Chlorella intake attenuates reduced salivary SIgA secretion in kendo training camp participants
- Equal contributors
1 Faculty of Sport and Health Sciences, Ryutsu Keizai University, Ryugasaki, Ibaraki, Japan
2 Sports Research & Development Core, University of Tsukuba, Tsukuba, Ibaraki, Japan
3 Faculty of sport and health science, Ritsumeikan University, Kusatsu, Shiga, Japan
4 University of Tsukuba, Tsukuba, Ibaraki, Japan
Citation and License
Nutrition Journal 2012, 11:103 doi:10.1186/1475-2891-11-103Published: 11 December 2012
The green alga Chlorella contains high levels of proteins, vitamins, and minerals. We previously reported that a chlorella-derived multicomponent supplement increased the secretion rate of salivary secretory immunoglobulin A (SIgA) in humans. Here, we investigated whether intake of this chlorella-derived supplement attenuated the reduced salivary SIgA secretion rate during a kendo training camp.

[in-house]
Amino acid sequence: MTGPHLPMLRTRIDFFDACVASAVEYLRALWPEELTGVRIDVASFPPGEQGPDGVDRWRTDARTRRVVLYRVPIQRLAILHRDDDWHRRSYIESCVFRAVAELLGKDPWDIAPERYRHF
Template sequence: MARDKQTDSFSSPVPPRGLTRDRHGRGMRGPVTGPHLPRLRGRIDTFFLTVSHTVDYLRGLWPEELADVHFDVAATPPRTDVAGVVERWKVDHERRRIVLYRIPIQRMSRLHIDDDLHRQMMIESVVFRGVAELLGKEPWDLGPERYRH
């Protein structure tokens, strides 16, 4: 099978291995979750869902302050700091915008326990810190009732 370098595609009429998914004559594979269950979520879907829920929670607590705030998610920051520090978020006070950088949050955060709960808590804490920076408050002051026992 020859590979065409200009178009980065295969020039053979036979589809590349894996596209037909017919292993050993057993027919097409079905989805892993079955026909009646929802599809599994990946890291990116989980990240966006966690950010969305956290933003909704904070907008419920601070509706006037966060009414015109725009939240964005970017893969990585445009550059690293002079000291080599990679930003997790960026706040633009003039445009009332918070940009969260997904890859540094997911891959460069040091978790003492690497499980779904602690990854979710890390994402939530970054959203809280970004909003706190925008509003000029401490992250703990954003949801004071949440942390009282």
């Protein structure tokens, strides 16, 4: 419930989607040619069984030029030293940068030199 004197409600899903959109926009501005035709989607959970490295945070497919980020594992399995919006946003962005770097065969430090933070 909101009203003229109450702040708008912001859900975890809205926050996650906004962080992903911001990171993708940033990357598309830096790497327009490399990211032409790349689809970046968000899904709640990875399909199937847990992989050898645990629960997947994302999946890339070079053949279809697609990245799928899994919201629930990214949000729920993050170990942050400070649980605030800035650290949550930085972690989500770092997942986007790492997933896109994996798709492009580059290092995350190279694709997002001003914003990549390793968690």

Ten female kendo athletes participated in inter-university 6-day spring and 4-day summer camps. They were randomized into two groups; one took placebo tablets during the spring camp and chlorella tablets during the summer camp, while the other took chlorella tablets during the spring camp and placebo tablets during the summer camp. Subjects took these tablets starting 4 weeks before the camp until post-camp saliva sampling. Salivary SIgA concentrations were measured by ELISA.
All subjects participated in nearly all training programs, and body-mass changes and subjective physical well-being scores during the camps were comparable between the groups. However, salivary SIgA secretion rate changes were different between these groups. Salivary SIgA secretion rates decreased during the camp in the placebo group (before vs. second, middle, and final day of camp, and after the camp: 146 ± 89 vs. 87 ± 56, 70 ± 45, 94 ± 58, and 116 ± 71 μg/min), whereas no such decreases were observed in the chlorella group (121 ± 53 vs. 113 ± 68, 98 ± 69,115 ± 80, and 128 ± 59 μg/min).
Our results suggest that a use of a chlorella-derived dietary supplement attenuates reduced salivary SIgA secretion during a training camp for a competitive sport.